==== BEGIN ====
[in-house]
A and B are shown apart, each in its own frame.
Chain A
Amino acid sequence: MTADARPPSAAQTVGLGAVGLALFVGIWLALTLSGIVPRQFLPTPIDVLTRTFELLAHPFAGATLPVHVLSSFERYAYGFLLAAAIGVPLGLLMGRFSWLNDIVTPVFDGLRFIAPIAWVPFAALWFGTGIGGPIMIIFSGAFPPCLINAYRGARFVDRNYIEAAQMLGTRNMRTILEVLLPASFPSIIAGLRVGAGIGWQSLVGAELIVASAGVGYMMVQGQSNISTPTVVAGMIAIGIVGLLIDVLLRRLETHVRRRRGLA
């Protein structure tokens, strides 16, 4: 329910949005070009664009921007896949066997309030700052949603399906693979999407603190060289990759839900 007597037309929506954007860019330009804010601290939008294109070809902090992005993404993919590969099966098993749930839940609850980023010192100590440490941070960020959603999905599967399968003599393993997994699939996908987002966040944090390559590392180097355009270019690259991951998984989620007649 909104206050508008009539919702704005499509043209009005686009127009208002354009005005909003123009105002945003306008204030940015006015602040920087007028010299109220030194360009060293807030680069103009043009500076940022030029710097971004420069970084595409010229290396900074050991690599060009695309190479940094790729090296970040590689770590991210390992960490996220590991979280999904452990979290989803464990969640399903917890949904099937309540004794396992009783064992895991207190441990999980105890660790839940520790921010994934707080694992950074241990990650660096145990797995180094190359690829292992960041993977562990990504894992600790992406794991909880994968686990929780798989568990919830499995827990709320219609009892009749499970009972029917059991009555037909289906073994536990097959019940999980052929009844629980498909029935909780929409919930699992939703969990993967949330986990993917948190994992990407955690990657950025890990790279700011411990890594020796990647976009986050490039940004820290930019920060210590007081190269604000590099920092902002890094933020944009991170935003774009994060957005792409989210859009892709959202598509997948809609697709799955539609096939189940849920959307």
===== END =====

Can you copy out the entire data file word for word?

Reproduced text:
[in-house]
A and B are shown apart, each in its own frame.
Chain A
Amino acid sequence: MTADARPPSAAQTVGLGAVGLALFVGIWLALTLSGIVPRQFLPTPIDVLTRTFELLAHPFAGATLPVHVLSSFERYAYGFLLAAAIGVPLGLLMGRFSWLNDIVTPVFDGLRFIAPIAWVPFAALWFGTGIGGPIMIIFSGAFPPCLINAYRGARFVDRNYIEAAQMLGTRNMRTILEVLLPASFPSIIAGLRVGAGIGWQSLVGAELIVASAGVGYMMVQGQSNISTPTVVAGMIAIGIVGLLIDVLLRRLETHVRRRRGLA
């Protein structure tokens, strides 16, 4: 329910949005070009664009921007896949066997309030700052949603399906693979999407603190060289990759839900 007597037309929506954007860019330009804010601290939008294109070809902090992005993404993919590969099966098993749930839940609850980023010192100590440490941070960020959603999905599967399968003599393993997994699939996908987002966040944090390559590392180097355009270019690259991951998984989620007649 909104206050508008009539919702704005499509043209009005686009127009208002354009005005909003123009105002945003306008204030940015006015602040920087007028010299109220030194360009060293807030680069103009043009500076940022030029710097971004420069970084595409010229290396900074050991690599060009695309190479940094790729090296970040590689770590991210390992960490996220590991979280999904452990979290989803464990969640399903917890949904099937309540004794396992009783064992895991207190441990999980105890660790839940520790921010994934707080694992950074241990990650660096145990797995180094190359690829292992960041993977562990990504894992600790992406794991909880994968686990929780798989568990919830499995827990709320219609009892009749499970009972029917059991009555037909289906073994536990097959019940999980052929009844629980498909029935909780929409919930699992939703969990993967949330986990993917948190994992990407955690990657950025890990790279700011411990890594020796990647976009986050490039940004820290930019920060210590007081190269604000590099920092902002890094933020944009991170935003774009994060957005792409989210859009892709959202598509997948809609697709799955539609096939189940849920959307």